Or maybe not.
Ready for its release on Friday, 20th July, Michael is accruing some nice words.
‘Prue Batten uses words with precision to immerse the reader in an historical setting, peopled with perceptively-drawn characters to keep you there long after the final page has turned.’ Annie Whitehead, historian and historical fiction author, and winner of the 2017 Dorothy Dunnett Short Story Competition
‘An excellent book that flows with the prose that one expects from Batten with turns I didn’t see coming. The attention to detail and the portrayal of Byzantine Constantinople is amazing.’ SJA Turney, bestselling author of both the Praetorian and Marius’ Mules series and of Caligula.
‘Michael is a feast for the imagination and the senses. Batten shows her talent as an expert wordsmith by conjuring the medieval world of Constantinople through the travails of a protagonist who is nuanced and believable. Highly recommended.’ Elisabeth Storrs, award winning author of The Tales of Ancient Rome saga.
Michael, book three of The Triptych Chronicle, reunites characters from the previous books in this series in a beautifully written account of life during the Byzantine era. Batten effortlessly draws the reader into this historic world with small details of everyday life as well as the overarching socio-political landscape of the time. What most impressed me is the attention to detail in Batten’s writing style, an aspect most evident in the lyrical, plausibly different speech patterns in the dialogue. Competition is fierce between merchant houses and there’s very little that the characters in this book will balk at in pursuit of the rarest and most valuable commodities. Batten intertwines personal and professional motivation in this intriguing and mixed cast of characters to build a web of mystery that dances through the plot. Michael is a thrilling, addictive masterpiece of historical fiction with an inescapable feel of authenticity. Reviewed By Caitlin Lyle Farley for Readers’ Favorite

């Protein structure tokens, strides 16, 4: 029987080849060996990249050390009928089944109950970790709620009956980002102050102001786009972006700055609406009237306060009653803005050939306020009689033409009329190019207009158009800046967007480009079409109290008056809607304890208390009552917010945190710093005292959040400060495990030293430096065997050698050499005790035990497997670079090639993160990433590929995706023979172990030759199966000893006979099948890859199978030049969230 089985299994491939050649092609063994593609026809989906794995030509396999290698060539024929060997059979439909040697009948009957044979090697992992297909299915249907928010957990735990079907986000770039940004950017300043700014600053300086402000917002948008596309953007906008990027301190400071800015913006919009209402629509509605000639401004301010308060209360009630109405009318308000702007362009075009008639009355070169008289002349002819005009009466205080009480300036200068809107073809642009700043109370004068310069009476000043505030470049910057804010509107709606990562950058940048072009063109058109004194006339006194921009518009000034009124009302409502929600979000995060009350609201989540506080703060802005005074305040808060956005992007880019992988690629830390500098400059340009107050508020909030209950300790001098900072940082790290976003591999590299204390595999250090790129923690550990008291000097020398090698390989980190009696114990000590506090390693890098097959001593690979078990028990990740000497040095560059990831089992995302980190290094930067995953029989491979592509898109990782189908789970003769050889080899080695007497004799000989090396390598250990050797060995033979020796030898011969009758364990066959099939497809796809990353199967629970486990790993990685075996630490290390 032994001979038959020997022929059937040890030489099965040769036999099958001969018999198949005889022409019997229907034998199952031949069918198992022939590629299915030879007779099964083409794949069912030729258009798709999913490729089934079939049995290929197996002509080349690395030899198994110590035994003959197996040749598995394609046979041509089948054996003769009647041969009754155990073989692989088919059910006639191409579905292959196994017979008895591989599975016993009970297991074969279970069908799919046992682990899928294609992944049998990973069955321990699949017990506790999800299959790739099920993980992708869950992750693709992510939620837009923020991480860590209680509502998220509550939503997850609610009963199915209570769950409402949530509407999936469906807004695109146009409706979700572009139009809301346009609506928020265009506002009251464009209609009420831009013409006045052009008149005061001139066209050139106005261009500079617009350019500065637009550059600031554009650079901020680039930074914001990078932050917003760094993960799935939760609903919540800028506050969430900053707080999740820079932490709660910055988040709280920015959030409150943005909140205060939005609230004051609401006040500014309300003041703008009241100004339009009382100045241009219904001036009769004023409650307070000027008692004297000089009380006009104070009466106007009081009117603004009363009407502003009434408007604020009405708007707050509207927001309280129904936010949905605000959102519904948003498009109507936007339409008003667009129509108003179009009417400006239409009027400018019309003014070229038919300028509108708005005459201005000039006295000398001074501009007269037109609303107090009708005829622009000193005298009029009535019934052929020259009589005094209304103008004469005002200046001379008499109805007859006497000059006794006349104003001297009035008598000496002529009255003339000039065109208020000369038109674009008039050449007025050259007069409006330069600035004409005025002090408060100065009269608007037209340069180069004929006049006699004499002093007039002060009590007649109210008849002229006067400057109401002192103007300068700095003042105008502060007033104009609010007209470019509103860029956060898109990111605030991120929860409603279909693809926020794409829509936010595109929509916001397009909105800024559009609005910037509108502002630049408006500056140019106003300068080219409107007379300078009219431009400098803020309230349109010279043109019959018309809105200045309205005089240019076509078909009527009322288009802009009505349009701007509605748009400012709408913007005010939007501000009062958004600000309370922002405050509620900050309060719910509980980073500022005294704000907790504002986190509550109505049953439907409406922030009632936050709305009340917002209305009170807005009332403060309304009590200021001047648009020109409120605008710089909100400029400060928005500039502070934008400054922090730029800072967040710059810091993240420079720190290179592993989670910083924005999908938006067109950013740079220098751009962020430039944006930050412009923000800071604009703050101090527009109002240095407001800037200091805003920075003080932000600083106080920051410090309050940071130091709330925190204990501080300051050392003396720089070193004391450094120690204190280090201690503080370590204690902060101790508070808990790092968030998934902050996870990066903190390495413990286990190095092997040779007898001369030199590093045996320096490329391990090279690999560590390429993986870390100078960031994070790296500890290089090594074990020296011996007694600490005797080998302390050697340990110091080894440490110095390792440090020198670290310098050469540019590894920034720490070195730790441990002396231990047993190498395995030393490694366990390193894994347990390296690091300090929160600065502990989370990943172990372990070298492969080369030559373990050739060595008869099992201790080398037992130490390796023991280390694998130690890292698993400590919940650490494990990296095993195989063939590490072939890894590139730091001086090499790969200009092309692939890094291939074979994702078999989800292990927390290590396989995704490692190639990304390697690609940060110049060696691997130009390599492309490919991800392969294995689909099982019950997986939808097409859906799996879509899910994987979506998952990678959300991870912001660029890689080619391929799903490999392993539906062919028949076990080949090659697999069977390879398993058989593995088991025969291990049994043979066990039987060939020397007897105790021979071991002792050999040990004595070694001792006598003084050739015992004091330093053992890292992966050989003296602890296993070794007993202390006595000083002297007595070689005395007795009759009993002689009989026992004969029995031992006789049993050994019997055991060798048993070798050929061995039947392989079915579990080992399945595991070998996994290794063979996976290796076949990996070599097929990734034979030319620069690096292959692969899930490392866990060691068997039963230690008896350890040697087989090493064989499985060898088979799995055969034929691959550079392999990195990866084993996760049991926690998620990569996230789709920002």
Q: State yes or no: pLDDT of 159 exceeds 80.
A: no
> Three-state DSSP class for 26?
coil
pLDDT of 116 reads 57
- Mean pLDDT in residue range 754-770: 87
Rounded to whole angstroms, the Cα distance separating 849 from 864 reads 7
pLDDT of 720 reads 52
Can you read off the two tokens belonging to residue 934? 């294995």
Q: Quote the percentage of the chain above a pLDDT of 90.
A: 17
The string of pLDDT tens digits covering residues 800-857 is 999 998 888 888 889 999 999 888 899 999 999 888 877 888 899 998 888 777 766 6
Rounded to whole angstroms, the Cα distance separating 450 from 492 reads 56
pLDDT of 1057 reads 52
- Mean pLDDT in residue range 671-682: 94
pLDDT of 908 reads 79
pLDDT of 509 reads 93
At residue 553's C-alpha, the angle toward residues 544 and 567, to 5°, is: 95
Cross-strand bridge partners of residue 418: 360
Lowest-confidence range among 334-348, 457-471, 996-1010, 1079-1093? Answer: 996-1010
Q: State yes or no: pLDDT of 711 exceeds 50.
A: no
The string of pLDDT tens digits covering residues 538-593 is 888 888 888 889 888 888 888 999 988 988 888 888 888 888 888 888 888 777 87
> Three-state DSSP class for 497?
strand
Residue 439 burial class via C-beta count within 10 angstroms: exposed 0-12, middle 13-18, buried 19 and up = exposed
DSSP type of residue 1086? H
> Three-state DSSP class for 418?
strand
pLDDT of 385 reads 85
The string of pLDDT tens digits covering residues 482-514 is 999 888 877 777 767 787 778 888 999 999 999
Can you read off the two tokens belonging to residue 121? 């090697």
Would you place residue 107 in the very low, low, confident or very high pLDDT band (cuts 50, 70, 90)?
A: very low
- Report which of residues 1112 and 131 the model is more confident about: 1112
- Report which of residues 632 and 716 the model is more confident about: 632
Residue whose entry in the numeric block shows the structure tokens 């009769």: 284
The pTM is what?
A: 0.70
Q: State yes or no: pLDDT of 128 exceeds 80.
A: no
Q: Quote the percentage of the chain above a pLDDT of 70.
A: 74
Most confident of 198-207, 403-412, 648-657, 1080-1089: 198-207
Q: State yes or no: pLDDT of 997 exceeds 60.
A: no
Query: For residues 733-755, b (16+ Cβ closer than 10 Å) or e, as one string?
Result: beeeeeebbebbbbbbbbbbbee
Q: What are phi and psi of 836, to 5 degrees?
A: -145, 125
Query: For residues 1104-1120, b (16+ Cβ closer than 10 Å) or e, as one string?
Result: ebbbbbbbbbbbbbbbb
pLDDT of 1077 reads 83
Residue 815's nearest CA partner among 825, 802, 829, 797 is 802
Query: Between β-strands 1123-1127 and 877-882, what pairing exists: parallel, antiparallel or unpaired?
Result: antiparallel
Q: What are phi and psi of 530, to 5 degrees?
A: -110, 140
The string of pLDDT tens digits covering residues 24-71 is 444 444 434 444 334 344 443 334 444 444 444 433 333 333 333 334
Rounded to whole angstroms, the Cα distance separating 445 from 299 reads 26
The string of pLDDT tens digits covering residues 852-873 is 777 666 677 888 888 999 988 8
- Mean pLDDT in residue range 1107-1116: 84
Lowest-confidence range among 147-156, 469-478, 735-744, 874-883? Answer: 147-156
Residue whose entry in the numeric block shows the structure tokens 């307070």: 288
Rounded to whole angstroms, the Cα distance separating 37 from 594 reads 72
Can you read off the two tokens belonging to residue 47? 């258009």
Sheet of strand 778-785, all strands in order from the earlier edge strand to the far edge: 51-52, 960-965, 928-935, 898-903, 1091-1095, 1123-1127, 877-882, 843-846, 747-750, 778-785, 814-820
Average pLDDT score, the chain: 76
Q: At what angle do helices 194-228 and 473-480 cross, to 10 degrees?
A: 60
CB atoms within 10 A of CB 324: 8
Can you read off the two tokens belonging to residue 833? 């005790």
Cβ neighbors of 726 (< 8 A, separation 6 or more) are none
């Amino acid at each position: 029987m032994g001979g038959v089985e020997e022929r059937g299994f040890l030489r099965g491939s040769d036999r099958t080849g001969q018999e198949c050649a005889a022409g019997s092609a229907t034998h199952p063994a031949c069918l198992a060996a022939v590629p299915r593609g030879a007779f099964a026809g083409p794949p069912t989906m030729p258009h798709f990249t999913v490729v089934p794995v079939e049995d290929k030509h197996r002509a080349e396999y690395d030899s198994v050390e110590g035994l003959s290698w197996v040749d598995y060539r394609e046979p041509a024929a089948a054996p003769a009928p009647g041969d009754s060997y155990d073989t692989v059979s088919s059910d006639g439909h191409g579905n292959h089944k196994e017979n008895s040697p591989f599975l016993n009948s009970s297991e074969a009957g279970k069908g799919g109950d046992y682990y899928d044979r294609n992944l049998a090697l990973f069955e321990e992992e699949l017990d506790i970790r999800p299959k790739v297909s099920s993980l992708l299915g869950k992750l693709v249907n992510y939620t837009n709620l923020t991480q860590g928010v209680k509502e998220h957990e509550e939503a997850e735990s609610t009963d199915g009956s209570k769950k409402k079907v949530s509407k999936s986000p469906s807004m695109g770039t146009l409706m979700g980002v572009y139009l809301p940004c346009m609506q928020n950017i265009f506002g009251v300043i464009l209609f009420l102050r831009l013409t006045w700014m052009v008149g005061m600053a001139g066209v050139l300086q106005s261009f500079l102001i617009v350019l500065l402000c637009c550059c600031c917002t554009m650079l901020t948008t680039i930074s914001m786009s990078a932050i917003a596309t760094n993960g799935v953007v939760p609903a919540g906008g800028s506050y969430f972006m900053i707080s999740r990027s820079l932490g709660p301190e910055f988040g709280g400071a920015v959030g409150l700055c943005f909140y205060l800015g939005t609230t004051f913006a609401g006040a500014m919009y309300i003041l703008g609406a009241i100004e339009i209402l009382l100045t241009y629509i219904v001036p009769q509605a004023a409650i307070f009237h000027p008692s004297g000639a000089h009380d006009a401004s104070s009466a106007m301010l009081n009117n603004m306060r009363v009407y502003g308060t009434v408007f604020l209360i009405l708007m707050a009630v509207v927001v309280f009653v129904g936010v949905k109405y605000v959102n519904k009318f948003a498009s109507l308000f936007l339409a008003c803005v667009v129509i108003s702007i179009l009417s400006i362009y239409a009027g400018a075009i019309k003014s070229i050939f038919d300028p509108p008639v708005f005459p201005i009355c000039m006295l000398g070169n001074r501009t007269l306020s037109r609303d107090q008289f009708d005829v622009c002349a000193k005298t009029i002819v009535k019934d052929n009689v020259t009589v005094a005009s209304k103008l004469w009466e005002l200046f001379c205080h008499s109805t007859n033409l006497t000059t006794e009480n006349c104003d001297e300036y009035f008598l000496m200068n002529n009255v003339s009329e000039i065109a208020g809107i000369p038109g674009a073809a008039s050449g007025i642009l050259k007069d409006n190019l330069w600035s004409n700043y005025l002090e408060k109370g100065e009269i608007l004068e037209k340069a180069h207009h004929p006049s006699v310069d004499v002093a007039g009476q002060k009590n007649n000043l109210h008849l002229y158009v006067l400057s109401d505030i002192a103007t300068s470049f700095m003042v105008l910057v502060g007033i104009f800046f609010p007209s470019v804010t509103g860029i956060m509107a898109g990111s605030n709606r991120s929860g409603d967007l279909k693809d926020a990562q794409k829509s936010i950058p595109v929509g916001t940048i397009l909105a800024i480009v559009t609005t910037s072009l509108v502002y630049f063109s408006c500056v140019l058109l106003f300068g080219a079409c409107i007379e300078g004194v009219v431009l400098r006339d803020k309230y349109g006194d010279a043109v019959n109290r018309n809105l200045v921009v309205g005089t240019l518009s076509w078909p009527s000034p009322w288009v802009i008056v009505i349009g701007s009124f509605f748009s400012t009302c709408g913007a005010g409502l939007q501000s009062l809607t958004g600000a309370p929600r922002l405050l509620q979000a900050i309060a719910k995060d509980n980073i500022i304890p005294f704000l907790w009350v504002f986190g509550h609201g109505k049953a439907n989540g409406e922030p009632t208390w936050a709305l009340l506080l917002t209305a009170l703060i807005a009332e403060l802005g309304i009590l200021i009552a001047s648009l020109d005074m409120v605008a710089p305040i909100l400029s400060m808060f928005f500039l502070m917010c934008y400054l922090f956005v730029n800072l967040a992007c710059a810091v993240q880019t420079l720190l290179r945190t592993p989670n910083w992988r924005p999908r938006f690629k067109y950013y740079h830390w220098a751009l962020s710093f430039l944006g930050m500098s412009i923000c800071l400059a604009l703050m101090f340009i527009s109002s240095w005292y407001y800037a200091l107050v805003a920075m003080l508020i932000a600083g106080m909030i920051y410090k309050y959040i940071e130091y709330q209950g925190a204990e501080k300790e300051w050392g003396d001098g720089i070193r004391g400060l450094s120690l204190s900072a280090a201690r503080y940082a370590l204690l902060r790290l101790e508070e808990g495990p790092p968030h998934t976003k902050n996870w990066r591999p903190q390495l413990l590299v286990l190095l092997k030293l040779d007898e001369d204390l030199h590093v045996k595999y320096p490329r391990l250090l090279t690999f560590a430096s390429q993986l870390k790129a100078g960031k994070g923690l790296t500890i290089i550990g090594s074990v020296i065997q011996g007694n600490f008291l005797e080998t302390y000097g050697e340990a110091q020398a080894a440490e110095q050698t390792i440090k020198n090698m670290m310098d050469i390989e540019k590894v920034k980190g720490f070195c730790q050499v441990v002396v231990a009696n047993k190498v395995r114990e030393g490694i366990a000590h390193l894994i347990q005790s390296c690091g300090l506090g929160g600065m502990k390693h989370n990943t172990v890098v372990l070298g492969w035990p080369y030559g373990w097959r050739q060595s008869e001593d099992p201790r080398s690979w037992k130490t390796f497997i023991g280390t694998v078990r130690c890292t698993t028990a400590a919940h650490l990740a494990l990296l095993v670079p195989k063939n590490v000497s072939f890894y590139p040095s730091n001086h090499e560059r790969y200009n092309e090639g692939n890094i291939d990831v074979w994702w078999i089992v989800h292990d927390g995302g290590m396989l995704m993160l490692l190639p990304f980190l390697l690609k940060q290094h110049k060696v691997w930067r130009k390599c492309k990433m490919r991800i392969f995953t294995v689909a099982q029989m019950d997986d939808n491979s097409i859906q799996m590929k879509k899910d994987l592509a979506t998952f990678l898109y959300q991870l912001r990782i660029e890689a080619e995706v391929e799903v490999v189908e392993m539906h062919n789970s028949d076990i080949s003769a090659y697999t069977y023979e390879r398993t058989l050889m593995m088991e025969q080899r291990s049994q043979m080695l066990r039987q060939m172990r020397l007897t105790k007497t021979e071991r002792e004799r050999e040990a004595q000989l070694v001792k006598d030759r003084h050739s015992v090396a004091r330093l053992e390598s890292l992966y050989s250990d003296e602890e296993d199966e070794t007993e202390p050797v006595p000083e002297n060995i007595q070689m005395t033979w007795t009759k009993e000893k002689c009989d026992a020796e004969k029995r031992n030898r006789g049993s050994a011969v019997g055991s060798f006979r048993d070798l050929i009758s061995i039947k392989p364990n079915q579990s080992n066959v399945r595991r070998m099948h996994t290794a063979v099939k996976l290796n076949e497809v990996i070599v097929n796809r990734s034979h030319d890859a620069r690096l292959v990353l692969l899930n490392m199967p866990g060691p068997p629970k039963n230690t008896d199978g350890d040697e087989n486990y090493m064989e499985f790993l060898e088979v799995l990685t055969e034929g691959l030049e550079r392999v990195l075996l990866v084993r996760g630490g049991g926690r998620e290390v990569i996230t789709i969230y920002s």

And has scored a five star seal for its cover.
On 20th July, go to
Cheers all and wish the book a fair wind and smooth seas!
I wonder, does life become less of an adventure or more as one ages?
Let’s face it, when we’re young, we’re strong, fearless and the world’s our oyster. As we age and our bodies require more protection than they’ve ever had, perhaps we lose that sense of adventure. Or maybe, just maybe, because we are on the downward slope (let’s be honest here), we lose our inhibitions and look for more adventure, maybe even more danger to fire up the sense of achievement and adrenalin levels.
‘The sea does not reward those who are too anxious, too greedy, or too impatient. One should lie empty, open, choiceless as a beach – waiting for a gift from the sea.’
Anne Morrow Lindbergh
Life sometimes makes me anxious.
I’m sure it makes everyone anxious. But the one place I feel content, free and at peace is in, on or by the sea. I wish Mum was still alive so that I could ask her how old I was when I was introduced to the sea.
When did I learn to swim? My memories go back to a time when I could swim and dive, perhaps I was six. After that, the memories come thick and fast…